Better late than never.

That may be what High Point leaders hear themselves saying to each other in January when the Guilford County Board of Commissioners takes up an issue that the board tabled in 2017.

On Thursday, Sept. 21, 2017 the Board of Commissioners voted to put off a decision for “60 to 90 days” on whether or not to approve a financial package that would help High Point pay for its then unbuilt $30-million plus baseball stadium in downtown High Point.

The stadium was built, but it was done without any help from the county.

Many High Point leaders were angry because the county never even officially discussed the matter again despite the High Point leaders’ arguments that the stadium would be a central component in a giant downtown revitalization that would greatly increase the value of the county’s tax base.

An agreement was never reached but, at that time, High Point officials asked for the county to provide the city with only the increased property tax revenue for the area around the stadium for about a decade. They argued that it really wouldn’t cost the county anything because, without the stadium there, the county wouldn’t get those increased tax values, and subsequent revenue, in the first place.

Some estimates at the time put the value of that proposed package at about $11 million, but no deal was ever reached.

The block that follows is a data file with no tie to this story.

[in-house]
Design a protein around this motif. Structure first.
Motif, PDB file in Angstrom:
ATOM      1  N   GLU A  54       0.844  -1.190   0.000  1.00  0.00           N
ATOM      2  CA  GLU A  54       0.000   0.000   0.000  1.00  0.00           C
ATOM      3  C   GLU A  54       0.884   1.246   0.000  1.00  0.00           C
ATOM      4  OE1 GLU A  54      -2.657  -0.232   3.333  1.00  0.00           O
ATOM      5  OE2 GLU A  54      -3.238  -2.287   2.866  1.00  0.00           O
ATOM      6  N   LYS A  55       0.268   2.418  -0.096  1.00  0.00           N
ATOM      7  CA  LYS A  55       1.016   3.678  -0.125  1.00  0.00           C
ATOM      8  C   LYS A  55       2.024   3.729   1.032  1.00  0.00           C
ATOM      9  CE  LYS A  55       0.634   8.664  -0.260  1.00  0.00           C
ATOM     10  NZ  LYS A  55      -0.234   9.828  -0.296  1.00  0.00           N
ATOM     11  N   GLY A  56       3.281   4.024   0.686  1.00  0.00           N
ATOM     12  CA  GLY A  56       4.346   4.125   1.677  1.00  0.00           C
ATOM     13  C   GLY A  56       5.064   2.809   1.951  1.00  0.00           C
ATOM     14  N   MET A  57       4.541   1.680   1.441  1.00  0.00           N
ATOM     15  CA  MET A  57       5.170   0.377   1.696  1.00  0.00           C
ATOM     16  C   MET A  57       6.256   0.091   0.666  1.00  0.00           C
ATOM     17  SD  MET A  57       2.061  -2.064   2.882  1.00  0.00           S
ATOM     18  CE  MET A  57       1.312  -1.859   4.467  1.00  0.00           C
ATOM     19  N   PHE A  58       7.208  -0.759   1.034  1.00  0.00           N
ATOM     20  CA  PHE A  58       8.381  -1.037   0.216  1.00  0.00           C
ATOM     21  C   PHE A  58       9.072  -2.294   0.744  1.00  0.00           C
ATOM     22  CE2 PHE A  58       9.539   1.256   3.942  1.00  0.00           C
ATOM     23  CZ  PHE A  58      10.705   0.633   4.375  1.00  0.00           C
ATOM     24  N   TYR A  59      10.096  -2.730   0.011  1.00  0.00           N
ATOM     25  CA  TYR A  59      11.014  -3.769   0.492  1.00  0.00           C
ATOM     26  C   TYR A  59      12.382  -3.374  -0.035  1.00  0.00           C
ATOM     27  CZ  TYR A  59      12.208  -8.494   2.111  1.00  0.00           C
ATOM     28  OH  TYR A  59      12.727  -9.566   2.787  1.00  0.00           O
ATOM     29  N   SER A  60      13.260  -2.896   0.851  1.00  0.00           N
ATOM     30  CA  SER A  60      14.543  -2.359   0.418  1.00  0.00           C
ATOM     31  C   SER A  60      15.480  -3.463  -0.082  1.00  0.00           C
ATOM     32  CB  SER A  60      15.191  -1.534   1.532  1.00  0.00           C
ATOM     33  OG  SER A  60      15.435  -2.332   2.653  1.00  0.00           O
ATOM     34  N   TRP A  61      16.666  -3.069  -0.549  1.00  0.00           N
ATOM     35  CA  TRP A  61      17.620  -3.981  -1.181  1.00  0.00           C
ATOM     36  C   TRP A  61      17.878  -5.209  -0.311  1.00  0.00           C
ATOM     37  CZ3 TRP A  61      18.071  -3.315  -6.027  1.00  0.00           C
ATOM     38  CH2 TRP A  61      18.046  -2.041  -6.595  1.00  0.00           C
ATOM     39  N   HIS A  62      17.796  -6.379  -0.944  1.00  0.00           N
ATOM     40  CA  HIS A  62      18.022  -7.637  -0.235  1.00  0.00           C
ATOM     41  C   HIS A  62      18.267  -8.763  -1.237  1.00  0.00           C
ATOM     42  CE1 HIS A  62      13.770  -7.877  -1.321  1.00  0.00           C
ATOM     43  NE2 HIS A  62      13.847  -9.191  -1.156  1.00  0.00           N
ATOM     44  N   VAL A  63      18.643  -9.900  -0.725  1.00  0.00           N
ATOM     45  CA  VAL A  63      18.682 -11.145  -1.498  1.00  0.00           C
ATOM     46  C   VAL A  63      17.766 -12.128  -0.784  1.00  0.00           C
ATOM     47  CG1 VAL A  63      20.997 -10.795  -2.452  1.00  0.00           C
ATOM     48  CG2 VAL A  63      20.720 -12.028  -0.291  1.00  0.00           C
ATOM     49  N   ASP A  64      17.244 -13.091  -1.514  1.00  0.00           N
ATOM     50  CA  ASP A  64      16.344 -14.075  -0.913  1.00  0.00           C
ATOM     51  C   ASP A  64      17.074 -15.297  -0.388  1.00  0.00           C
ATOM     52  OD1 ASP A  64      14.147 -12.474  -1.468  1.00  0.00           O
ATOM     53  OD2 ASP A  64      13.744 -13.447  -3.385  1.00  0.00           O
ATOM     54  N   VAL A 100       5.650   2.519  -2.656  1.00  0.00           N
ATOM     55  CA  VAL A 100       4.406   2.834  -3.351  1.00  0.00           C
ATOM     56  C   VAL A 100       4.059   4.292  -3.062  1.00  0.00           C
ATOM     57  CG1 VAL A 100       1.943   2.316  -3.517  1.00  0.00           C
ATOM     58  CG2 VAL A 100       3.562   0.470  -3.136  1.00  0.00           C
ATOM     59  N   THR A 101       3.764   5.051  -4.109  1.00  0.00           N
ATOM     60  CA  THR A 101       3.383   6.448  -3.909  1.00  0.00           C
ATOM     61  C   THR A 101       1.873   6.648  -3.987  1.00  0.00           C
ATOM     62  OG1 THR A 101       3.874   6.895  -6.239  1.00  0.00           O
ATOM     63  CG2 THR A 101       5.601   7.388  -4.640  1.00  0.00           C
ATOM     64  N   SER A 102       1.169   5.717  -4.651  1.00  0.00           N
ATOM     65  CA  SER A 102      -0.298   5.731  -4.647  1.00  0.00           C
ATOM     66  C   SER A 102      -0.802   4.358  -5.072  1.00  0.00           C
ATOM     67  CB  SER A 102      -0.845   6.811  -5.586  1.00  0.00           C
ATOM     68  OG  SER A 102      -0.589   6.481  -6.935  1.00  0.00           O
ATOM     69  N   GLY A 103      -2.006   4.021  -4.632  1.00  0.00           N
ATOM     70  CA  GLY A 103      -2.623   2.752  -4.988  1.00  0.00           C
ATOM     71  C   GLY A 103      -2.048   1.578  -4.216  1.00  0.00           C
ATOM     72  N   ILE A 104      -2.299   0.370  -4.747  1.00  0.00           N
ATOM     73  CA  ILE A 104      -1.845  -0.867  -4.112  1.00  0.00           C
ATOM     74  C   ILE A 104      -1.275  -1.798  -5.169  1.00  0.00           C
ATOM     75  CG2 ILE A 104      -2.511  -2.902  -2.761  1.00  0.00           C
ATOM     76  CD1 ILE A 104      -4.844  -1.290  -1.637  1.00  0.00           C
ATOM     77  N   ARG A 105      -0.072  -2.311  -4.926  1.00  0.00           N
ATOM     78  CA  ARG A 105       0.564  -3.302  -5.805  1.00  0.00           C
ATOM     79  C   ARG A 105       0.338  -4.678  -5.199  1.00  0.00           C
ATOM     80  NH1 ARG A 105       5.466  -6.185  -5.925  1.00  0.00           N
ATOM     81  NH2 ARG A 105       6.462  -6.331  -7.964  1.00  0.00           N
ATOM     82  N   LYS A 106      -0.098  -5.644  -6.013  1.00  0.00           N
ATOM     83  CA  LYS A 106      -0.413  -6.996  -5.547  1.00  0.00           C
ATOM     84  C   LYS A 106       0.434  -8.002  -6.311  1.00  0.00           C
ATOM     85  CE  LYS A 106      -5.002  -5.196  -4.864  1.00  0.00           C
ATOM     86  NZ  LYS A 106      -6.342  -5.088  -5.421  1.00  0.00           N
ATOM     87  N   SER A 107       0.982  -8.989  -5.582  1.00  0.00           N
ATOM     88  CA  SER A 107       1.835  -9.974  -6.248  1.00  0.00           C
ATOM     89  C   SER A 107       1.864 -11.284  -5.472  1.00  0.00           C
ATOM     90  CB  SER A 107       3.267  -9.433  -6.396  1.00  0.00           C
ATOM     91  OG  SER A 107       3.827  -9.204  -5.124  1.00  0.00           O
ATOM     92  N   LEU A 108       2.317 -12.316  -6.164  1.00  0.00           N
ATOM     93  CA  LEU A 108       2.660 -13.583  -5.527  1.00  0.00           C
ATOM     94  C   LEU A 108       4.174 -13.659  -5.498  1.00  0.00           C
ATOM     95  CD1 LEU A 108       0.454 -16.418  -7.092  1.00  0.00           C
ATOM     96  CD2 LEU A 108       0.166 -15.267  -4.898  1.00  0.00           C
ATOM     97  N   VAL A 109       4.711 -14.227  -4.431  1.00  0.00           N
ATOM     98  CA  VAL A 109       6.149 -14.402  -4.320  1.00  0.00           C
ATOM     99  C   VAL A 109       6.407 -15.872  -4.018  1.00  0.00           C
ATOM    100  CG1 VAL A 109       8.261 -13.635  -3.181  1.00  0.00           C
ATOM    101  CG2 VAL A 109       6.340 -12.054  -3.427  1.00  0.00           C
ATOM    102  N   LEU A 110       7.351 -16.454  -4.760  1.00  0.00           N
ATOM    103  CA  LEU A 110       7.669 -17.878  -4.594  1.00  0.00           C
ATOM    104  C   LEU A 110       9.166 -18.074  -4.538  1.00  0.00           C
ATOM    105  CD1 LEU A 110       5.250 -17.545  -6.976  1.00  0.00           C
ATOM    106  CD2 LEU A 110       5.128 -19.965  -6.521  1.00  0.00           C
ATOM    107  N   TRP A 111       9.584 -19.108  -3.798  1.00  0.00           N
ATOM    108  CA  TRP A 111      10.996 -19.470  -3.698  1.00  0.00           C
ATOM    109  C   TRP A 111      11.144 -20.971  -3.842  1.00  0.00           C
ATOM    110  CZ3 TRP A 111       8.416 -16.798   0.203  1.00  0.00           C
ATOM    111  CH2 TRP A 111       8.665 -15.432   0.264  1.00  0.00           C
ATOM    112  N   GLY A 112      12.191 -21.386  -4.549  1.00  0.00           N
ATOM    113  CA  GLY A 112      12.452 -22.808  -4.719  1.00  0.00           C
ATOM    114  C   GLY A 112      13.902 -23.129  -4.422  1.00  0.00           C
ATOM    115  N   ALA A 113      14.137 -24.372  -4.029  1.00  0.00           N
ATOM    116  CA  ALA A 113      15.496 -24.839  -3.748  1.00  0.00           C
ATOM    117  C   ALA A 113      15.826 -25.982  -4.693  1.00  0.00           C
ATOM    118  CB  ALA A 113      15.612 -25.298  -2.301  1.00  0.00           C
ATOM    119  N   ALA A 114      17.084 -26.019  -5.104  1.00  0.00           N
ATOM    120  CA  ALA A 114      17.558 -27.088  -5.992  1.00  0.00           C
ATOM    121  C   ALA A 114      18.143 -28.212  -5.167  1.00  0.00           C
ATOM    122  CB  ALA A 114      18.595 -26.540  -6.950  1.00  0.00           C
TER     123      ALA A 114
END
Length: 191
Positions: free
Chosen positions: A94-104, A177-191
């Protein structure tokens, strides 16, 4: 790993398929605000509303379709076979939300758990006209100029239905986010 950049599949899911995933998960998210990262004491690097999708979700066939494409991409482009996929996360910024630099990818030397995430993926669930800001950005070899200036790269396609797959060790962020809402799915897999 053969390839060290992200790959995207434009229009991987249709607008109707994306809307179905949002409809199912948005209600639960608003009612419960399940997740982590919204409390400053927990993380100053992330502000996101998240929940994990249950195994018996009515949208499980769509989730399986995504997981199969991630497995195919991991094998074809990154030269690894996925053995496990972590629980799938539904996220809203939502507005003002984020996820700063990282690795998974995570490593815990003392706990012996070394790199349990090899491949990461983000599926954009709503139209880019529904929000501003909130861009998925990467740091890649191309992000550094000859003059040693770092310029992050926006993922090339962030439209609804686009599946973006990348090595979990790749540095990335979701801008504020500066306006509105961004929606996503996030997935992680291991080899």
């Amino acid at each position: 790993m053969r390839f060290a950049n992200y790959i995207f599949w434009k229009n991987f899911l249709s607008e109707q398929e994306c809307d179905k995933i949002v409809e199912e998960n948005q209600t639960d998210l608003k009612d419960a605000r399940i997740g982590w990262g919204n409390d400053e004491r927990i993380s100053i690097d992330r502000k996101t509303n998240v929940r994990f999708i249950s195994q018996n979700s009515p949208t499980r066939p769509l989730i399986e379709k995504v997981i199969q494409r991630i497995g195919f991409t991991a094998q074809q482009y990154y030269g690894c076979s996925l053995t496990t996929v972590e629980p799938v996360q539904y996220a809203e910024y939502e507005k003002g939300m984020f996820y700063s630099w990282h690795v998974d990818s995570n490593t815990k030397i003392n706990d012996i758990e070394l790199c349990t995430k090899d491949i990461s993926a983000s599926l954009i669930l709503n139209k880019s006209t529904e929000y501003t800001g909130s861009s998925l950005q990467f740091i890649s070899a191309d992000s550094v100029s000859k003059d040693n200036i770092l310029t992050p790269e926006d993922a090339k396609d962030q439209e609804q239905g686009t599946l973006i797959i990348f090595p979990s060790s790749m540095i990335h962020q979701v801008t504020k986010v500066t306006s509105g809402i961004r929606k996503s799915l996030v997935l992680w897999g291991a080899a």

The disagreement created a division between High Point and Guilford County that in some ways is still evident – but this week, Guilford County Commissioner Skip Alston, who’s expected to be elected the new chairman of the board on Tuesday, Dec.7, said the board is going to take the matter back up in January and he added that he fully expects the county to finally provide some help for High Point on that project.

It’s not clear if that help will be a version of the benefits package discussed three years ago, but it will be amazing to many that county help for the project – help that was written off completely years ago – is now back in play and is highly probable.

In 2017, Alston was a strong advocate of Guilford County providing High Point with the stadium aid. However, at that time, a majority of the board didn’t favor the move.